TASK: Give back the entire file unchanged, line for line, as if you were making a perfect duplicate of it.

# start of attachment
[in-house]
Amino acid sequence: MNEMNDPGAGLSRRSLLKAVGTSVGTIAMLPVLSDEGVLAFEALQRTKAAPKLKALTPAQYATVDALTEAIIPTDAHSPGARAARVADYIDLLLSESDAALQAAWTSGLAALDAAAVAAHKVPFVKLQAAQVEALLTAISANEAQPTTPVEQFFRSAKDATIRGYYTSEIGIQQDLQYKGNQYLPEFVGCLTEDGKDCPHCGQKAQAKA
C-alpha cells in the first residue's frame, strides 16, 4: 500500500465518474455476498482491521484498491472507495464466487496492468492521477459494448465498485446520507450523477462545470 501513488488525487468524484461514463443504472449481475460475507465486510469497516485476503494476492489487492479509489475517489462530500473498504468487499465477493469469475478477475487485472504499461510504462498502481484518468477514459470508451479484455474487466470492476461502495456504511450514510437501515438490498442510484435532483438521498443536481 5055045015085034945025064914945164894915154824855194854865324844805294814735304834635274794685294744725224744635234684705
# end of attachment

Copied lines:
[in-house]
Amino acid sequence: MNEMNDPGAGLSRRSLLKAVGTSVGTIAMLPVLSDEGVLAFEALQRTKAAPKLKALTPAQYATVDALTEAIIPTDAHSPGARAARVADYIDLLLSESDAALQAAWTSGLAALDAAAVAAHKVPFVKLQAAQVEALLTAISANEAQPTTPVEQFFRSAKDATIRGYYTSEIGIQQDLQYKGNQYLPEFVGCLTEDGKDCPHCGQKAQAKA
C-alpha cells in the first residue's frame, strides 16, 4: 500500500465518474455476498482491521484498491472507495464466487496492468492521477459494448465498485446520507450523477462545470 501513488488525487468524484461514463443504472449481475460475507465486510469497516485476503494476492489487492479509489475517489462530500473498504468487499465477493469469475478477475487485472504499461510504462498502481484518468477514459470508451479484455474487466470492476461502495456504511450514510437501515438490498442510484435532483438521498443536481 5055045015085034945025064914945164894915154824855194854865324844805294814735304834635274794685294744725224744635234684705